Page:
'Professionals in the field did not cooperate with Cass' Davis' words presumably from reading the BMJ.

                      This is link to the article in the BMJ.

                      https://www.bmj.com/content/385/bmj.q837

                      How anyone could read this and think that BMJ did not support the Cass review I do not know.

                      The BMJ picks up on a crticism of the Cass Report about setting too high a bar with research standards then states

                      'the reality is different: studies in gender medicine fall woefully short in terms of methodological rigour; the methodological bar for gender medicine studies was set too low, generating research findings that are therefore hard to interpret.' Thus supporting that she has been sparingly, relatively, with the links to research as there is not much that reaches the standards a researcher would expect to see.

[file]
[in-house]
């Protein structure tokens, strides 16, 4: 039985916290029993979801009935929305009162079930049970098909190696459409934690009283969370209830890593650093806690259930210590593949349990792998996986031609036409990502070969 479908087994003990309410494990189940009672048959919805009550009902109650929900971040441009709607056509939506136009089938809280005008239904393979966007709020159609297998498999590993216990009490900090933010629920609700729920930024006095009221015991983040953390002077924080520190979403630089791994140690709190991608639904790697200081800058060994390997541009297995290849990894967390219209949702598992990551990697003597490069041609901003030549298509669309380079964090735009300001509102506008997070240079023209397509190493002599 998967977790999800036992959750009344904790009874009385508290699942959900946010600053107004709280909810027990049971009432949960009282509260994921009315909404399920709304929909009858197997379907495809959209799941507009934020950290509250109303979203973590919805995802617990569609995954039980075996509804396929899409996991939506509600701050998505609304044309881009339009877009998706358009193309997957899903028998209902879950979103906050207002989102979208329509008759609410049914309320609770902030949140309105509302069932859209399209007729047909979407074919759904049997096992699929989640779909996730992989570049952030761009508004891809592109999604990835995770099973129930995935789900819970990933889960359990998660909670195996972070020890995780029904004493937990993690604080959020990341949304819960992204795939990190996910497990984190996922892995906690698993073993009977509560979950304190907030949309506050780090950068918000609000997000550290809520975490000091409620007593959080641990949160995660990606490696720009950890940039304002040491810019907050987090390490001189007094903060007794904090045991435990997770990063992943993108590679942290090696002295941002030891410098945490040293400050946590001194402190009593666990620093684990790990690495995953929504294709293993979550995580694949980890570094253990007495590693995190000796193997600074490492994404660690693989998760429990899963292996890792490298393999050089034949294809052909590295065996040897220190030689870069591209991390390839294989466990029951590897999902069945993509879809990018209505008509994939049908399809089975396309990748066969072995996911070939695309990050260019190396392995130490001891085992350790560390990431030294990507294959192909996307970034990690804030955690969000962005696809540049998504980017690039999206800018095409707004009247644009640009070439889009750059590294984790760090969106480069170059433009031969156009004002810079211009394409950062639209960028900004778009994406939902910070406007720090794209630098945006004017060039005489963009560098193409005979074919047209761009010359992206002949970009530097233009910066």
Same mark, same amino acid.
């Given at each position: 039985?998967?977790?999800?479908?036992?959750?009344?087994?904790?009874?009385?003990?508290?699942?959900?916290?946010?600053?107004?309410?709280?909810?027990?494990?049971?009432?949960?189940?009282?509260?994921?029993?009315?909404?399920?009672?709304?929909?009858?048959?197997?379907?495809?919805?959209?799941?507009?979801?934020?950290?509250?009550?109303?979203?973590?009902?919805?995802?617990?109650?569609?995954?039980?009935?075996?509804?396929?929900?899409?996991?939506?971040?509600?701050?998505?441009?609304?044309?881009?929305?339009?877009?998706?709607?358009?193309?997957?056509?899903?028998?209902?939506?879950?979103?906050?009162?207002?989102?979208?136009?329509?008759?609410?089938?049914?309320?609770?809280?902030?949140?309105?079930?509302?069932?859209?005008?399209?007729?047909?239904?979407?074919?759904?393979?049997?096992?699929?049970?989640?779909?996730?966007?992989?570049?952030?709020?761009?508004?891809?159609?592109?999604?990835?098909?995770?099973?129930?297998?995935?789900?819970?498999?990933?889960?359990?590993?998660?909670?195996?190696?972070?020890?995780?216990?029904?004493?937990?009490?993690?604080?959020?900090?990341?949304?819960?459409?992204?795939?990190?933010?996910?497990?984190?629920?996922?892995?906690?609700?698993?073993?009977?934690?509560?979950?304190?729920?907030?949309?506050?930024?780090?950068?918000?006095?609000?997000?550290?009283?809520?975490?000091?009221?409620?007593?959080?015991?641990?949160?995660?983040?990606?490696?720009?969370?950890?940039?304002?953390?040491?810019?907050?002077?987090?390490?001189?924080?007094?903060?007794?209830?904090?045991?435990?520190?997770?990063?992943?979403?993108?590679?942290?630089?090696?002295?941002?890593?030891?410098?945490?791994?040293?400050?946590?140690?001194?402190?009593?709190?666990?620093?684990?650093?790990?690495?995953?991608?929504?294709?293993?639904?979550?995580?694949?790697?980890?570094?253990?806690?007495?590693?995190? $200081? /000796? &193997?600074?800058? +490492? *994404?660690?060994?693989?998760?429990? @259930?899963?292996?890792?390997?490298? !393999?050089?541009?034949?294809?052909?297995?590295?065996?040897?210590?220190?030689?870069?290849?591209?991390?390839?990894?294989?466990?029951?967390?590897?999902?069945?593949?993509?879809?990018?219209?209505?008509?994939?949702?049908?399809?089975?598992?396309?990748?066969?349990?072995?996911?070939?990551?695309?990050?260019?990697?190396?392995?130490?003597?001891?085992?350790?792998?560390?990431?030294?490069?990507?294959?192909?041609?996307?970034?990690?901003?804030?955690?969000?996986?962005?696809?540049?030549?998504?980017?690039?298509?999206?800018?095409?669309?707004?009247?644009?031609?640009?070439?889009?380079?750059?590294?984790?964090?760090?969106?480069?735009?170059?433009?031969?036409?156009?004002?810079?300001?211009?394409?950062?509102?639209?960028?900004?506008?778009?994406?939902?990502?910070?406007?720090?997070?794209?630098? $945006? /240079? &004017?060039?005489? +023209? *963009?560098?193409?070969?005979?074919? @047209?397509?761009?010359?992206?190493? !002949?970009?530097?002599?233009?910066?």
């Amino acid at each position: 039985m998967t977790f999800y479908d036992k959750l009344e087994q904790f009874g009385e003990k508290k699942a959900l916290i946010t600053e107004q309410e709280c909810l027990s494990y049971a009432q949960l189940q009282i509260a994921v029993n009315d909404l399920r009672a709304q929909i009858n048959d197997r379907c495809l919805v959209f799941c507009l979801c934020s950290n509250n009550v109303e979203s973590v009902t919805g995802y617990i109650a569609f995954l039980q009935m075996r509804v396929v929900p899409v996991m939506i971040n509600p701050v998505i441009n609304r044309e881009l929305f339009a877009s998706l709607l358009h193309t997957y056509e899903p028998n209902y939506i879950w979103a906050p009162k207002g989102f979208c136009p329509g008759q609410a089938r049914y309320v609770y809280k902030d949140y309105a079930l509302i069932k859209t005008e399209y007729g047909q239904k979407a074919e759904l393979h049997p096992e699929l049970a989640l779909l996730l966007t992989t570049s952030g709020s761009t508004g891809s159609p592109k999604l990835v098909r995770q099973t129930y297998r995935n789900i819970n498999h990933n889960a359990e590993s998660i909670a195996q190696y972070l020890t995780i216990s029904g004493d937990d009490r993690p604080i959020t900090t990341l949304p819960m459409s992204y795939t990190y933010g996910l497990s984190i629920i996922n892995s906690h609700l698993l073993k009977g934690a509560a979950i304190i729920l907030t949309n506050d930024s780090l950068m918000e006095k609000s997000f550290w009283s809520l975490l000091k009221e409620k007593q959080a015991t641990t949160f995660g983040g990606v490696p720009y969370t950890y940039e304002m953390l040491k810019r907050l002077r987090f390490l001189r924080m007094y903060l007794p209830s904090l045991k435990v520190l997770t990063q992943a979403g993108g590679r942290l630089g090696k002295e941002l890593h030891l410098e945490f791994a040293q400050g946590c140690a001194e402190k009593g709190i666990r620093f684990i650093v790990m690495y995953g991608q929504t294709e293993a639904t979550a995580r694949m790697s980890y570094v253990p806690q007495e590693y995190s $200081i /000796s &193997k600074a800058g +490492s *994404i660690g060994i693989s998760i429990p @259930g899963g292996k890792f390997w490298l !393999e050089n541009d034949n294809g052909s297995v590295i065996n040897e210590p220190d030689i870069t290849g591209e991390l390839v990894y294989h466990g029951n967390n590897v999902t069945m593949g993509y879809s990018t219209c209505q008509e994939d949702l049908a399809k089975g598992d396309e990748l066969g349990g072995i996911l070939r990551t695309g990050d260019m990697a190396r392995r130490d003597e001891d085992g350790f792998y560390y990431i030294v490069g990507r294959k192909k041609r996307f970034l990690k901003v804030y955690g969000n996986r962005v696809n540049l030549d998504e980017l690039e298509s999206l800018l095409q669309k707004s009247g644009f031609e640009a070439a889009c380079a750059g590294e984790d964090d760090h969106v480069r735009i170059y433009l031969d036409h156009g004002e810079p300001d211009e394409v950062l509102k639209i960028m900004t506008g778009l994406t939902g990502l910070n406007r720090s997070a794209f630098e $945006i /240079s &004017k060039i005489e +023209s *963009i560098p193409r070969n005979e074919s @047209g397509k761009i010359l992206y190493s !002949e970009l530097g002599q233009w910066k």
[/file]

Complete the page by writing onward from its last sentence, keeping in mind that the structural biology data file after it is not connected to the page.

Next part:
and

                      Yet this inconclusive and unacceptable evidence base was used to inform influential clinical guidelines, such as those of the World Professional Association for Transgender Health (WPATH), which themselves were cascaded into the development of subsequent guidelines internationally

                      and

                      A spiralling interventionist approach, in the context of an evidence void, amounted to overmedicalising care for vulnerable young people. A too narrow focus on gender dysphoria, says Cass, neglected other presenting features and failed to provide a holistic model of care.

                      and